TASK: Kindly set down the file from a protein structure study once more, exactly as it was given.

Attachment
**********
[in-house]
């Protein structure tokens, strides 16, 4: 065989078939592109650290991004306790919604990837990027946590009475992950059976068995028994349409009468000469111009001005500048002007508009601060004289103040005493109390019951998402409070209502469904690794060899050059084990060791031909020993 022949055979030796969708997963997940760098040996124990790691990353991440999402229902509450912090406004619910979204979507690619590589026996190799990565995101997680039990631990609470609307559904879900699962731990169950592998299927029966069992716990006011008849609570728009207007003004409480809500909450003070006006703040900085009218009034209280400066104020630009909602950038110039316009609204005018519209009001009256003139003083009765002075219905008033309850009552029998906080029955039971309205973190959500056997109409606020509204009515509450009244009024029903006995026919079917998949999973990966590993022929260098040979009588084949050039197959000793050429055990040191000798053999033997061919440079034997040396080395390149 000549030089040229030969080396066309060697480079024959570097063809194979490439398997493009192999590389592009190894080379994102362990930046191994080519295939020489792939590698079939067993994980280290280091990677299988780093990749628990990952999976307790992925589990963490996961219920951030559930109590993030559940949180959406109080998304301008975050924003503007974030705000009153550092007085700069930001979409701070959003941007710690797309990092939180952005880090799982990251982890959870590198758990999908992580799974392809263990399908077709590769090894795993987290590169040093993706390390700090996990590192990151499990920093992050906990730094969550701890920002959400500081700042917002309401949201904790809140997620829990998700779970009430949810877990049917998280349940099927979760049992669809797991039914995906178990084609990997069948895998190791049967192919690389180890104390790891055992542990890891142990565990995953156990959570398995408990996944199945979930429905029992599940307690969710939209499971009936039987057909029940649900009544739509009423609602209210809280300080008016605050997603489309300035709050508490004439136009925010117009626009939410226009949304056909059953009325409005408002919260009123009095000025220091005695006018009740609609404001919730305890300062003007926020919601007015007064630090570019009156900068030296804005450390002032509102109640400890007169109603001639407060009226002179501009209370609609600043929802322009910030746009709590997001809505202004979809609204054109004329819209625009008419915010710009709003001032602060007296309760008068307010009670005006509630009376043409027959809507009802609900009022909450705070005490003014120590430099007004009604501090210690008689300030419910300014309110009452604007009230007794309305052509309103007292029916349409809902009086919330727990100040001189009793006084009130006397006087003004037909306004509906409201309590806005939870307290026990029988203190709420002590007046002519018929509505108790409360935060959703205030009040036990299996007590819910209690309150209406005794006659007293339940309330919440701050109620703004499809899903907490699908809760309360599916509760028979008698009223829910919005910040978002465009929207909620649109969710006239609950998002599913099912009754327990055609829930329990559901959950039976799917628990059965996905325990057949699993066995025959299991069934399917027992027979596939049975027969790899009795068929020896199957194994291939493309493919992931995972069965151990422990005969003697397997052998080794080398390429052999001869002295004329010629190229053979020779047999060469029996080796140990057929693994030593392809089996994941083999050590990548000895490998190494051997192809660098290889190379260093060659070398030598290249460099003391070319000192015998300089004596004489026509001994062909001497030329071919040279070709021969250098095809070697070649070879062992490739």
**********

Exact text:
[in-house]
């Protein structure tokens, strides 16, 4: 065989078939592109650290991004306790919604990837990027946590009475992950059976068995028994349409009468000469111009001005500048002007508009601060004289103040005493109390019951998402409070209502469904690794060899050059084990060791031909020993 022949055979030796969708997963997940760098040996124990790691990353991440999402229902509450912090406004619910979204979507690619590589026996190799990565995101997680039990631990609470609307559904879900699962731990169950592998299927029966069992716990006011008849609570728009207007003004409480809500909450003070006006703040900085009218009034209280400066104020630009909602950038110039316009609204005018519209009001009256003139003083009765002075219905008033309850009552029998906080029955039971309205973190959500056997109409606020509204009515509450009244009024029903006995026919079917998949999973990966590993022929260098040979009588084949050039197959000793050429055990040191000798053999033997061919440079034997040396080395390149 000549030089040229030969080396066309060697480079024959570097063809194979490439398997493009192999590389592009190894080379994102362990930046191994080519295939020489792939590698079939067993994980280290280091990677299988780093990749628990990952999976307790992925589990963490996961219920951030559930109590993030559940949180959406109080998304301008975050924003503007974030705000009153550092007085700069930001979409701070959003941007710690797309990092939180952005880090799982990251982890959870590198758990999908992580799974392809263990399908077709590769090894795993987290590169040093993706390390700090996990590192990151499990920093992050906990730094969550701890920002959400500081700042917002309401949201904790809140997620829990998700779970009430949810877990049917998280349940099927979760049992669809797991039914995906178990084609990997069948895998190791049967192919690389180890104390790891055992542990890891142990565990995953156990959570398995408990996944199945979930429905029992599940307690969710939209499971009936039987057909029940649900009544739509009423609602209210809280300080008016605050997603489309300035709050508490004439136009925010117009626009939410226009949304056909059953009325409005408002919260009123009095000025220091005695006018009740609609404001919730305890300062003007926020919601007015007064630090570019009156900068030296804005450390002032509102109640400890007169109603001639407060009226002179501009209370609609600043929802322009910030746009709590997001809505202004979809609204054109004329819209625009008419915010710009709003001032602060007296309760008068307010009670005006509630009376043409027959809507009802609900009022909450705070005490003014120590430099007004009604501090210690008689300030419910300014309110009452604007009230007794309305052509309103007292029916349409809902009086919330727990100040001189009793006084009130006397006087003004037909306004509906409201309590806005939870307290026990029988203190709420002590007046002519018929509505108790409360935060959703205030009040036990299996007590819910209690309150209406005794006659007293339940309330919440701050109620703004499809899903907490699908809760309360599916509760028979008698009223829910919005910040978002465009929207909620649109969710006239609950998002599913099912009754327990055609829930329990559901959950039976799917628990059965996905325990057949699993066995025959299991069934399917027992027979596939049975027969790899009795068929020896199957194994291939493309493919992931995972069965151990422990005969003697397997052998080794080398390429052999001869002295004329010629190229053979020779047999060469029996080796140990057929693994030593392809089996994941083999050590990548000895490998190494051997192809660098290889190379260093060659070398030598290249460099003391070319000192015998300089004596004489026509001994062909001497030329071919040279070709021969250098095809070697070649070879062992490739």